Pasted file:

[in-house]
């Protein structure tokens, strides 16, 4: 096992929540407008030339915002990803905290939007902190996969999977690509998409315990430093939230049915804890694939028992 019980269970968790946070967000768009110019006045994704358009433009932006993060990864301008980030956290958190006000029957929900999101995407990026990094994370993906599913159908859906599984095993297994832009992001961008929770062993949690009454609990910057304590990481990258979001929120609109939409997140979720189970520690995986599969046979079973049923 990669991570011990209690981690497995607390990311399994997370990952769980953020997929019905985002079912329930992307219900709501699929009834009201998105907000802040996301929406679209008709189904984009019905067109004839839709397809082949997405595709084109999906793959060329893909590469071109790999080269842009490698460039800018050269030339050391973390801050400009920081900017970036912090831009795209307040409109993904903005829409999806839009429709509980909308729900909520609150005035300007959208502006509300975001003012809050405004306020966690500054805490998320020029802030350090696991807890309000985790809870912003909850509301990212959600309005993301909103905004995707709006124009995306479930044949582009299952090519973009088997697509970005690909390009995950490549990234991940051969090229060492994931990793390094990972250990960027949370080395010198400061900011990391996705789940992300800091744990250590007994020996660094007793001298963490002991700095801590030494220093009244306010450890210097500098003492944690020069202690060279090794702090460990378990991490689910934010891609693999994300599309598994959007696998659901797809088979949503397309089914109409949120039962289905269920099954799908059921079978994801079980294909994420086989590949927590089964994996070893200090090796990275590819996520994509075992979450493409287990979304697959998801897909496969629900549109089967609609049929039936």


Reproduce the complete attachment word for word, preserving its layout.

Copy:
[in-house]
């Protein structure tokens, strides 16, 4: 096992929540407008030339915002990803905290939007902190996969999977690509998409315990430093939230049915804890694939028992 019980269970968790946070967000768009110019006045994704358009433009932006993060990864301008980030956290958190006000029957929900999101995407990026990094994370993906599913159908859906599984095993297994832009992001961008929770062993949690009454609990910057304590990481990258979001929120609109939409997140979720189970520690995986599969046979079973049923 990669991570011990209690981690497995607390990311399994997370990952769980953020997929019905985002079912329930992307219900709501699929009834009201998105907000802040996301929406679209008709189904984009019905067109004839839709397809082949997405595709084109999906793959060329893909590469071109790999080269842009490698460039800018050269030339050391973390801050400009920081900017970036912090831009795209307040409109993904903005829409999806839009429709509980909308729900909520609150005035300007959208502006509300975001003012809050405004306020966690500054805490998320020029802030350090696991807890309000985790809870912003909850509301990212959600309005993301909103905004995707709006124009995306479930044949582009299952090519973009088997697509970005690909390009995950490549990234991940051969090229060492994931990793390094990972250990960027949370080395010198400061900011990391996705789940992300800091744990250590007994020996660094007793001298963490002991700095801590030494220093009244306010450890210097500098003492944690020069202690060279090794702090460990378990991490689910934010891609693999994300599309598994959007696998659901797809088979949503397309089914109409949120039962289905269920099954799908059921079978994801079980294909994420086989590949927590089964994996070893200090090796990275590819996520994509075992979450493409287990979304697959998801897909496969629900549109089967609609049929039936």